According to research author Adam Wears, ‘the effect of these rules will be felt immediately as customers purchase 5G handsets to take advantage of the high speeds and low latency associated with 5G networks.
Hardware makers must take advantage of this opportunity to expand device capabilities in order to keep users upgrading on a regular basis and avoid churn to competitors.’
In another report, Ericsson projects that 5G mobile subscriptions will exceed 580 million by the end of 2021, driven by an estimated one million new 5G mobile subscriptions every day.
The forecast, which features in the latest Ericsson Mobility Report (EMR), confirms the expectation that 5G will become the fastest adopted mobile generation. 5G is expected to surpass a billion subscriptions two years ahead of the 4G LTE timeline for the same milestone.
Ericsson has found that despite the uncertainty caused by COVID-19, service providers continue to switch on 5G, and more than 160 service providers have launched commercial 5G services globally.
The African side of the story
Ericson unveiled two reports that, together, forecast the post-pandemic world and the future of 5G in Sub-Saharan Africa and around the world one of them being the ERM.
The ERM report features breakout statistics from Sub-Saharan African markets where around 15 per cent of mobile subscriptions were for 4G at the end of 2020. Mobile broadband subscriptions in Sub-Saharan Africa are predicted to increase, reaching 76 per cent of mobile subscriptions by 2026.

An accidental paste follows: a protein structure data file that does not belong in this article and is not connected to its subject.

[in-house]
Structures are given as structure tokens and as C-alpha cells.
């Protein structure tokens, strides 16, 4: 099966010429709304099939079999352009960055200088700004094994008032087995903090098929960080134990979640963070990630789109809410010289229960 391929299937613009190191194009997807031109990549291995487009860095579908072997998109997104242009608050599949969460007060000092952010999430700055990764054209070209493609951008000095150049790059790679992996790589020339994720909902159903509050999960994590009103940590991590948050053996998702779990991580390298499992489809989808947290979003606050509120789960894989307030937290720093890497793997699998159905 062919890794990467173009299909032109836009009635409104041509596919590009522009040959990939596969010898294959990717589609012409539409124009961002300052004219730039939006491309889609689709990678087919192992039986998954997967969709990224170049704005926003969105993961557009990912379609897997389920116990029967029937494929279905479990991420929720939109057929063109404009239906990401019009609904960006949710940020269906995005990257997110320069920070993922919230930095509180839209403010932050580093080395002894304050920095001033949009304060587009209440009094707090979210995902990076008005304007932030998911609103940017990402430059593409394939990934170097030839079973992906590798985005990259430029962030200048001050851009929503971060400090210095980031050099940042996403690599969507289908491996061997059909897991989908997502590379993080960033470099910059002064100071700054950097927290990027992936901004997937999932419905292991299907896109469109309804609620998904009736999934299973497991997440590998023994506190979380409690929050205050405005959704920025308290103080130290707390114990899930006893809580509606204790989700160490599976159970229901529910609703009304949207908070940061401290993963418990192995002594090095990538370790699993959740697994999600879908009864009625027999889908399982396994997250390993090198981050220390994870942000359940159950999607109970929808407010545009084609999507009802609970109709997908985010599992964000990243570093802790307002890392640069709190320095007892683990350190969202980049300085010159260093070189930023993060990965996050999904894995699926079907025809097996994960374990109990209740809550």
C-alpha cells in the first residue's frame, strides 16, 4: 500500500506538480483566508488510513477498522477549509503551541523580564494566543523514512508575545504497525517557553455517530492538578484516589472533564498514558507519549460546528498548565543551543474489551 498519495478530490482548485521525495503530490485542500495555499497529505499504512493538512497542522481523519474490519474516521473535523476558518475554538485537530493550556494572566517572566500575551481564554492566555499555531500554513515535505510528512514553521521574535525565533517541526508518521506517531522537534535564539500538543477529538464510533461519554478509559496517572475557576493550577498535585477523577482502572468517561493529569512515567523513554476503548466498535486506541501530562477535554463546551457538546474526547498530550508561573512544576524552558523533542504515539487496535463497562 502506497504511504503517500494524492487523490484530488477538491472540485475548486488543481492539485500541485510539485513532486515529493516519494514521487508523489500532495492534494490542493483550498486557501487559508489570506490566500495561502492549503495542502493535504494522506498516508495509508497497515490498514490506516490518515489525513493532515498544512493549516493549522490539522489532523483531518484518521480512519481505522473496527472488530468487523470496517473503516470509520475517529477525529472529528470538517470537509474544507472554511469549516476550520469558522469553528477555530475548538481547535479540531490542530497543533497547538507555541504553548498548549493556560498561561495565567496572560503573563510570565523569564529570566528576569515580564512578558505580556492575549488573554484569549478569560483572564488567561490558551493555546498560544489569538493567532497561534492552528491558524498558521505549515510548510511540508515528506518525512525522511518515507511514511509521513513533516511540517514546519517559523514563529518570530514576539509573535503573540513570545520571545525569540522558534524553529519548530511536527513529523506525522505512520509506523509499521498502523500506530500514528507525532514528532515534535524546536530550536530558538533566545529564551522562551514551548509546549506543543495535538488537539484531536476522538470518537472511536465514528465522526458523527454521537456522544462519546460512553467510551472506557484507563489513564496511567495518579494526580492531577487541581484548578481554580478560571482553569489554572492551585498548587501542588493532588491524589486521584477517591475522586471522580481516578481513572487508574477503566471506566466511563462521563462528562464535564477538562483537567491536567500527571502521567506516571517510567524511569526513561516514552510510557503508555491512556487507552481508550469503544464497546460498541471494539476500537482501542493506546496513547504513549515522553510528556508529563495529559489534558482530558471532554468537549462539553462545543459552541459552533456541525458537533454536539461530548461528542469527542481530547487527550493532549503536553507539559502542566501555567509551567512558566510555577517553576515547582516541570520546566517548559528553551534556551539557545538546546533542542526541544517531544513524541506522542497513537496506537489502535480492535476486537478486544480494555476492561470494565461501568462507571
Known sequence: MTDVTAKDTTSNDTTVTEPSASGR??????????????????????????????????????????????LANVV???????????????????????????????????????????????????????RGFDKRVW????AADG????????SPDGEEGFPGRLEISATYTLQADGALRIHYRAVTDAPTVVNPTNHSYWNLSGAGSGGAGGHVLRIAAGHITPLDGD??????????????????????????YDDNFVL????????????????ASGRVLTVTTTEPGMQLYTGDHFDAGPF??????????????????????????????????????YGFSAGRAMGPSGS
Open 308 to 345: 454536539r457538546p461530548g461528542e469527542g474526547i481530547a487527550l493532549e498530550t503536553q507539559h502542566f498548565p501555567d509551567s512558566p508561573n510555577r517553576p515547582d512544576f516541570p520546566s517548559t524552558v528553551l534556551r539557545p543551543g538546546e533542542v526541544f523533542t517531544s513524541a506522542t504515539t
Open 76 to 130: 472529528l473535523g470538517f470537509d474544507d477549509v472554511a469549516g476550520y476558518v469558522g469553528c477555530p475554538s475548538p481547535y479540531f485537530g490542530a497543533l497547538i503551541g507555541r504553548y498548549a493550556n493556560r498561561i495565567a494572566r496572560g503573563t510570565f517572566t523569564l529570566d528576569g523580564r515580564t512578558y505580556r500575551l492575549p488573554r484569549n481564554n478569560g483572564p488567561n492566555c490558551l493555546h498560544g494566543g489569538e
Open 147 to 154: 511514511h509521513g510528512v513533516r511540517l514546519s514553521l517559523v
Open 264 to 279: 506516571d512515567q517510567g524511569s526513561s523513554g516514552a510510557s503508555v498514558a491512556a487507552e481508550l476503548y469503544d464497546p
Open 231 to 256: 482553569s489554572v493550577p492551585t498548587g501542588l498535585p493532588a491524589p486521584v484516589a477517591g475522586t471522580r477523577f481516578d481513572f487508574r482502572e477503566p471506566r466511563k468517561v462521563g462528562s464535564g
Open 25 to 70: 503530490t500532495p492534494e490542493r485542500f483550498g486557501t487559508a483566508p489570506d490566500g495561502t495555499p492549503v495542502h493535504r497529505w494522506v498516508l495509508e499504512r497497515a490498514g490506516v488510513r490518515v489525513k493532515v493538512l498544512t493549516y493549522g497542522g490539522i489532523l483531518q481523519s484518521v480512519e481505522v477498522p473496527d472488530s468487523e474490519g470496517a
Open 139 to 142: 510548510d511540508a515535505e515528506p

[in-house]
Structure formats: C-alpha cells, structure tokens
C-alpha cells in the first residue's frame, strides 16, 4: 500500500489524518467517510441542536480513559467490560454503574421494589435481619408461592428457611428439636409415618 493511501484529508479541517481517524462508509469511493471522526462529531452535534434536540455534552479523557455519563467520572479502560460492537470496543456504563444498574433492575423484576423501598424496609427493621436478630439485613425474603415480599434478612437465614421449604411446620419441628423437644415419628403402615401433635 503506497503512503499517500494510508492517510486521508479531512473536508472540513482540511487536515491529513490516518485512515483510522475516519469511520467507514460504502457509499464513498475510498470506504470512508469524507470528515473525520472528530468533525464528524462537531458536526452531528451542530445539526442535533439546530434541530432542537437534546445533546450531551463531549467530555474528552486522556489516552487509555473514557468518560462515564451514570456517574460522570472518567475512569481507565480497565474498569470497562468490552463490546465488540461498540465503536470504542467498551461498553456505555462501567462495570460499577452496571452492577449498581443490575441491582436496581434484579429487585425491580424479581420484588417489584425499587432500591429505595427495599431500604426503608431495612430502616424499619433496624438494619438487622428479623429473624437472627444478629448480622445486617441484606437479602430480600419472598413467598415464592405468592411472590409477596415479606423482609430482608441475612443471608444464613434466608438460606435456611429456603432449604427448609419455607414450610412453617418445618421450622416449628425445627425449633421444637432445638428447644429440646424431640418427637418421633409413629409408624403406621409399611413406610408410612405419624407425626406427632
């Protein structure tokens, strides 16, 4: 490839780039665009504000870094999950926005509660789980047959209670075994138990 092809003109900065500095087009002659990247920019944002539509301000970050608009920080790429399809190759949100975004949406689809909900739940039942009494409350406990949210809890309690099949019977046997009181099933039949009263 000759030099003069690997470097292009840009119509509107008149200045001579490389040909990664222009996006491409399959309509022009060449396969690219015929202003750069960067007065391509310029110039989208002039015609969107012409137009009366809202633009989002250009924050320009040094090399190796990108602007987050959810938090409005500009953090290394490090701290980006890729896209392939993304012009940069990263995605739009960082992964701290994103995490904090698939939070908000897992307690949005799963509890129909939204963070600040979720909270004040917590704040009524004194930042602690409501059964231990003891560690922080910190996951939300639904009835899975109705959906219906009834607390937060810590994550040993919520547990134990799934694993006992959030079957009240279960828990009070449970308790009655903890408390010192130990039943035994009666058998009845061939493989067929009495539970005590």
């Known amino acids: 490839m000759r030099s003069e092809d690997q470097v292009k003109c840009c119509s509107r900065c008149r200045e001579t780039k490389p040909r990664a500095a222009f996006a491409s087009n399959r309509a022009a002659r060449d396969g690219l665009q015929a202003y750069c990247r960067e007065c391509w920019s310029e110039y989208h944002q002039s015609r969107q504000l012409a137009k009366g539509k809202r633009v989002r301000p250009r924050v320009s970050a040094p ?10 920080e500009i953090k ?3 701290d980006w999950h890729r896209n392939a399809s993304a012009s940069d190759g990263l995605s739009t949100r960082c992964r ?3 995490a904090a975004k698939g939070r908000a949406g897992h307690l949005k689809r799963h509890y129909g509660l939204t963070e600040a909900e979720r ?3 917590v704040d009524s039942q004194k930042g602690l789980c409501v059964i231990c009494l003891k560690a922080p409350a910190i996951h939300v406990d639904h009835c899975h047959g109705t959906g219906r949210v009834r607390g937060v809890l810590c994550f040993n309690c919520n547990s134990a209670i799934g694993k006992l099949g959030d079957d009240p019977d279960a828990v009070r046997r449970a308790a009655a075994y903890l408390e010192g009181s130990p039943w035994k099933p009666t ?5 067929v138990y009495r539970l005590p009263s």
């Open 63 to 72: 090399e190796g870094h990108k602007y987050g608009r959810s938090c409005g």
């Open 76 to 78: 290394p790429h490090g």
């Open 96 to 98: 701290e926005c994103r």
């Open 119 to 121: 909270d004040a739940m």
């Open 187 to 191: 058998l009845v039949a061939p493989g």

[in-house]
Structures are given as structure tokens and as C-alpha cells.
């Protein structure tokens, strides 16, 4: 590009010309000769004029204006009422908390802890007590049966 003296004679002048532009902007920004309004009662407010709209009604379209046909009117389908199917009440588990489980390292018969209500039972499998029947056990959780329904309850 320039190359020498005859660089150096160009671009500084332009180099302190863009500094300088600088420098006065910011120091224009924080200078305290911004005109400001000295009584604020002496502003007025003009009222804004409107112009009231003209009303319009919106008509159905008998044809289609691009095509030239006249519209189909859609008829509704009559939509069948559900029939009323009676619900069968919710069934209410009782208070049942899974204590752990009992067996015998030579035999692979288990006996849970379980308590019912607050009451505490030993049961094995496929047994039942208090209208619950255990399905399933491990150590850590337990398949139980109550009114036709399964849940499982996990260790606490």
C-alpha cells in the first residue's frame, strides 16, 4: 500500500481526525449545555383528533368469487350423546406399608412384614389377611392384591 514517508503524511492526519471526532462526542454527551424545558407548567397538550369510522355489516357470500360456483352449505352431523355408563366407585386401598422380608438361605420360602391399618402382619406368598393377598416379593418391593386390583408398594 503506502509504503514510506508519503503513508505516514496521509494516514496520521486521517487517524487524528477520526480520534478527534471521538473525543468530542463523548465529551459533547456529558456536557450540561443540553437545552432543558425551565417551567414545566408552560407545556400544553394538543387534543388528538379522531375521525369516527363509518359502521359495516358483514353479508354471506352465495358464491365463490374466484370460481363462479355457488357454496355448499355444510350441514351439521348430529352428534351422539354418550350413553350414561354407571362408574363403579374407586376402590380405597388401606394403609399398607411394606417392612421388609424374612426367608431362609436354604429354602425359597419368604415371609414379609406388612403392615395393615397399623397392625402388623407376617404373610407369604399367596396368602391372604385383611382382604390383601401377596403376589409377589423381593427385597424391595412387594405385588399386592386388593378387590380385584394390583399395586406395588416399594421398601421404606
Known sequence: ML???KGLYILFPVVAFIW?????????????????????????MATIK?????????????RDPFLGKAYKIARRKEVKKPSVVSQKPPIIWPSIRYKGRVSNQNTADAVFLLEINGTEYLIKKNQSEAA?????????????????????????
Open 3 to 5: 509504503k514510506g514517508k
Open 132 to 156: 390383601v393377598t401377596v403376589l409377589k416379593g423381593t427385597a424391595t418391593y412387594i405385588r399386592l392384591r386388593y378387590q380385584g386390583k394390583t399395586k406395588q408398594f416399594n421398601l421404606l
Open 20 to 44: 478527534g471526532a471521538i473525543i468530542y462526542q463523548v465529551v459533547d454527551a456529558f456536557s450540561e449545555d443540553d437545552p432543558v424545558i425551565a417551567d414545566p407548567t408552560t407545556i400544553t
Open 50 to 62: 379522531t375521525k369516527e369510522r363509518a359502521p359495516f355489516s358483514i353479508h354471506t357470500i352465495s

However, 5G volumes are not expected to grow in the region for 2021 but are likely to reach around 70 million 5G subscriptions in 2026.
Separately, the Global Telecom Market Report (GTM) also known as “The Future of Urban Reality Report” was also launched by the Ericsson ConsumerLab, to assess the penetration of 5G and the tremendous potential it holds to markets around the world.
The latest Ericsson ConsumerLab report is Ericsson’s largest consumer study to date, revealing key insights about what Sub-Saharan African consumers believe will happen beyond the pandemic, into the year 2025, through surveying a sample of 1,000 to 2,000 respondents between the ages of 15–79.
The report found that, when entering the “next normal”, consumers in Africa will have added an average of 3.4 online services to their daily online activities, while also increasing the time they spend online by 10 hours per week by 2025, in comparison to their pre-pandemic habits.
Todd Ashton, Vice President and Head of Ericsson South and East Africa explained that the recent reports have demonstrated the success of setting #AfricaInMotion.
According to him, Sub-Saharan Africa is expected to see continued growth in mobile broadband being driven by the young population, increased coverage, and more affordable smartphones.
“By 2025, we will be looking at a new normal with online activities becoming more common daily. 4G will become more pervasive and 5G will start to grow. As a result, we will definitely see increased economic growth and acceleration in Africa’s digital inclusion,” he said.